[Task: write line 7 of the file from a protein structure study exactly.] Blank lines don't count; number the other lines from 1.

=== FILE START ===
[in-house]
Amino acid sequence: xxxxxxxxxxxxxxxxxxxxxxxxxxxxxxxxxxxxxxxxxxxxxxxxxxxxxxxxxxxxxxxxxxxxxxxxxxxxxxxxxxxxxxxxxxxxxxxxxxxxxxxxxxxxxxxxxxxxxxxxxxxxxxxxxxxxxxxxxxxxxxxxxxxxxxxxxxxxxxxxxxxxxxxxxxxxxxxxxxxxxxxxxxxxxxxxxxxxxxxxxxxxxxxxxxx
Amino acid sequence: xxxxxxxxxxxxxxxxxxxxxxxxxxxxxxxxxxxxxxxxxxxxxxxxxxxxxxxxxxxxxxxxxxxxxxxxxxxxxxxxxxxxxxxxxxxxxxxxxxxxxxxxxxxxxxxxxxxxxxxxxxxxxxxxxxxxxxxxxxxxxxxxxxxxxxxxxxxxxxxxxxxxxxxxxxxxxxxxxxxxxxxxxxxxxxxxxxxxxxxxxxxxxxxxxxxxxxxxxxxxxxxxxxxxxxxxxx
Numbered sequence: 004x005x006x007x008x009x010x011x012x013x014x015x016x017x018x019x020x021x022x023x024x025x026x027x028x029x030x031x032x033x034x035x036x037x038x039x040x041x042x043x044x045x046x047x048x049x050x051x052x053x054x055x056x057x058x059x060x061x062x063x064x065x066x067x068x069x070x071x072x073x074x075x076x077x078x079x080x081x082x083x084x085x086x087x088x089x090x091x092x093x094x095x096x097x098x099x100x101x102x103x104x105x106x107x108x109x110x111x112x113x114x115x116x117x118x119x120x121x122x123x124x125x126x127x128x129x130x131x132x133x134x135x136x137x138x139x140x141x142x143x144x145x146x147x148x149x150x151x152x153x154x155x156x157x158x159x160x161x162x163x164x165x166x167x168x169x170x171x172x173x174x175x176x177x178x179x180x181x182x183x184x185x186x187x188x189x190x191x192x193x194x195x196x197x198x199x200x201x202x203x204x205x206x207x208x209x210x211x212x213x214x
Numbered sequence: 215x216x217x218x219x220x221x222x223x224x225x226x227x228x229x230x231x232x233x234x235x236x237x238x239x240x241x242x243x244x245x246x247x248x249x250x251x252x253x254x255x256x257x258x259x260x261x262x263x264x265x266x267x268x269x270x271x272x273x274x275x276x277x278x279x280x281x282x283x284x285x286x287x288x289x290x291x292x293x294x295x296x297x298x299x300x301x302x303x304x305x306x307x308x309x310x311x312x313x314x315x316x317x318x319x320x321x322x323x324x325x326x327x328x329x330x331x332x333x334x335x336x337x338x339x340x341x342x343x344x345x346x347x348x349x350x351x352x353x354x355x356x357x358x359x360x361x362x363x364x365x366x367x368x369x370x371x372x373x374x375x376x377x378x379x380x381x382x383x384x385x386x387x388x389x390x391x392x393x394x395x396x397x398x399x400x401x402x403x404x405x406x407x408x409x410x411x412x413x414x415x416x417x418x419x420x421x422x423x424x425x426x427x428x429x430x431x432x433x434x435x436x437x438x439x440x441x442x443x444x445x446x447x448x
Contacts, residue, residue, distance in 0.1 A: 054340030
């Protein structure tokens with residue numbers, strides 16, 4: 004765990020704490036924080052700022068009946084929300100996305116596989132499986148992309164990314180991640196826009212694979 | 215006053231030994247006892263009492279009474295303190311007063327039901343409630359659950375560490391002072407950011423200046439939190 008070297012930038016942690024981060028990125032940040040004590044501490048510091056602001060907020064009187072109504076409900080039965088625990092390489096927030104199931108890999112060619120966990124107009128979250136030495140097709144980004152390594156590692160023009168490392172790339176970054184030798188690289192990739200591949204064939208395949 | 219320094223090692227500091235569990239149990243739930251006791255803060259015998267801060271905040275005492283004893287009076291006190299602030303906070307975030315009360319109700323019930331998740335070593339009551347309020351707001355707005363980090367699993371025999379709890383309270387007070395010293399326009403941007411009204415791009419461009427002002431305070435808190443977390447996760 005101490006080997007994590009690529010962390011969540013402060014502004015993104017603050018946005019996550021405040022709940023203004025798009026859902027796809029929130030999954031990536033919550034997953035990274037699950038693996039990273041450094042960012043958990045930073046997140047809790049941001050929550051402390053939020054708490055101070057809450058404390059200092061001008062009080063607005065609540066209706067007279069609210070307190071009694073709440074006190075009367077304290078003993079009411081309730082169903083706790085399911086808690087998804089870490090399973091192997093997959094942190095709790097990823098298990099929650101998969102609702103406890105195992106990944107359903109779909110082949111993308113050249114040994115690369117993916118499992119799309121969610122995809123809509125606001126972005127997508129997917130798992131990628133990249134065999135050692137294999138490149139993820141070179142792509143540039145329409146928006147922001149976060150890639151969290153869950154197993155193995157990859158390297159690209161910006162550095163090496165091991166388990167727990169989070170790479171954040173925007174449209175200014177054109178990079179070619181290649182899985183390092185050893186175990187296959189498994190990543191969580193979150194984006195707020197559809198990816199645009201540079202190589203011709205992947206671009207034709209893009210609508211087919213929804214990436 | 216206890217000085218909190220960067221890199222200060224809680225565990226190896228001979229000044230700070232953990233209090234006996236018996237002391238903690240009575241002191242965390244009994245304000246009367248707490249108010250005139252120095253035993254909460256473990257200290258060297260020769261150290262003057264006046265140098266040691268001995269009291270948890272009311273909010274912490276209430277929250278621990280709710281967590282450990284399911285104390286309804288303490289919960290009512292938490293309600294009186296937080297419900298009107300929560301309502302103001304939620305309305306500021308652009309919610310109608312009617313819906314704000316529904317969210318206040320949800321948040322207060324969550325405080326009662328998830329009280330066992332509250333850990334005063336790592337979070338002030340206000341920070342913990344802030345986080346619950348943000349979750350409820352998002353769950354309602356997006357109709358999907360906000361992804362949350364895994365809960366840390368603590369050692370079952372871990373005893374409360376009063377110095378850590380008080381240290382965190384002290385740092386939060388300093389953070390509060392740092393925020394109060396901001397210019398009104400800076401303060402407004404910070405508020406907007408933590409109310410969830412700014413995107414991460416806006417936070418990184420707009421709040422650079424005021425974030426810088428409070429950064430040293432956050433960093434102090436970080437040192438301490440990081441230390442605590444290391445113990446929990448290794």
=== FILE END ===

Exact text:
């Protein structure tokens with residue numbers, strides 16, 4: 004765990020704490036924080052700022068009946084929300100996305116596989132499986148992309164990314180991640196826009212694979 | 215006053231030994247006892263009492279009474295303190311007063327039901343409630359659950375560490391002072407950011423200046439939190 008070297012930038016942690024981060028990125032940040040004590044501490048510091056602001060907020064009187072109504076409900080039965088625990092390489096927030104199931108890999112060619120966990124107009128979250136030495140097709144980004152390594156590692160023009168490392172790339176970054184030798188690289192990739200591949204064939208395949 | 219320094223090692227500091235569990239149990243739930251006791255803060259015998267801060271905040275005492283004893287009076291006190299602030303906070307975030315009360319109700323019930331998740335070593339009551347309020351707001355707005363980090367699993371025999379709890383309270387007070395010293399326009403941007411009204415791009419461009427002002431305070435808190443977390447996760 005101490006080997007994590009690529010962390011969540013402060014502004015993104017603050018946005019996550021405040022709940023203004025798009026859902027796809029929130030999954031990536033919550034997953035990274037699950038693996039990273041450094042960012043958990045930073046997140047809790049941001050929550051402390053939020054708490055101070057809450058404390059200092061001008062009080063607005065609540066209706067007279069609210070307190071009694073709440074006190075009367077304290078003993079009411081309730082169903083706790085399911086808690087998804089870490090399973091192997093997959094942190095709790097990823098298990099929650101998969102609702103406890105195992106990944107359903109779909110082949111993308113050249114040994115690369117993916118499992119799309121969610122995809123809509125606001126972005127997508129997917130798992131990628133990249134065999135050692137294999138490149139993820141070179142792509143540039145329409146928006147922001149976060150890639151969290153869950154197993155193995157990859158390297159690209161910006162550095163090496165091991166388990167727990169989070170790479171954040173925007174449209175200014177054109178990079179070619181290649182899985183390092185050893186175990187296959189498994190990543191969580193979150194984006195707020197559809198990816199645009201540079202190589203011709205992947206671009207034709209893009210609508211087919213929804214990436 | 216206890217000085218909190220960067221890199222200060224809680225565990226190896228001979229000044230700070232953990233209090234006996236018996237002391238903690240009575241002191242965390244009994245304000246009367248707490249108010250005139252120095253035993254909460256473990257200290258060297260020769261150290262003057264006046265140098266040691268001995269009291270948890272009311273909010274912490276209430277929250278621990280709710281967590282450990284399911285104390286309804288303490289919960290009512292938490293309600294009186296937080297419900298009107300929560301309502302103001304939620305309305306500021308652009309919610310109608312009617313819906314704000316529904317969210318206040320949800321948040322207060324969550325405080326009662328998830329009280330066992332509250333850990334005063336790592337979070338002030340206000341920070342913990344802030345986080346619950348943000349979750350409820352998002353769950354309602356997006357109709358999907360906000361992804362949350364895994365809960366840390368603590369050692370079952372871990373005893374409360376009063377110095378850590380008080381240290382965190384002290385740092386939060388300093389953070390509060392740092393925020394109060396901001397210019398009104400800076401303060402407004404910070405508020406907007408933590409109310410969830412700014413995107414991460416806006417936070418990184420707009421709040422650079424005021425974030426810088428409070429950064430040293432956050433960093434102090436970080437040192438301490440990081441230390442605590444290391445113990446929990448290794």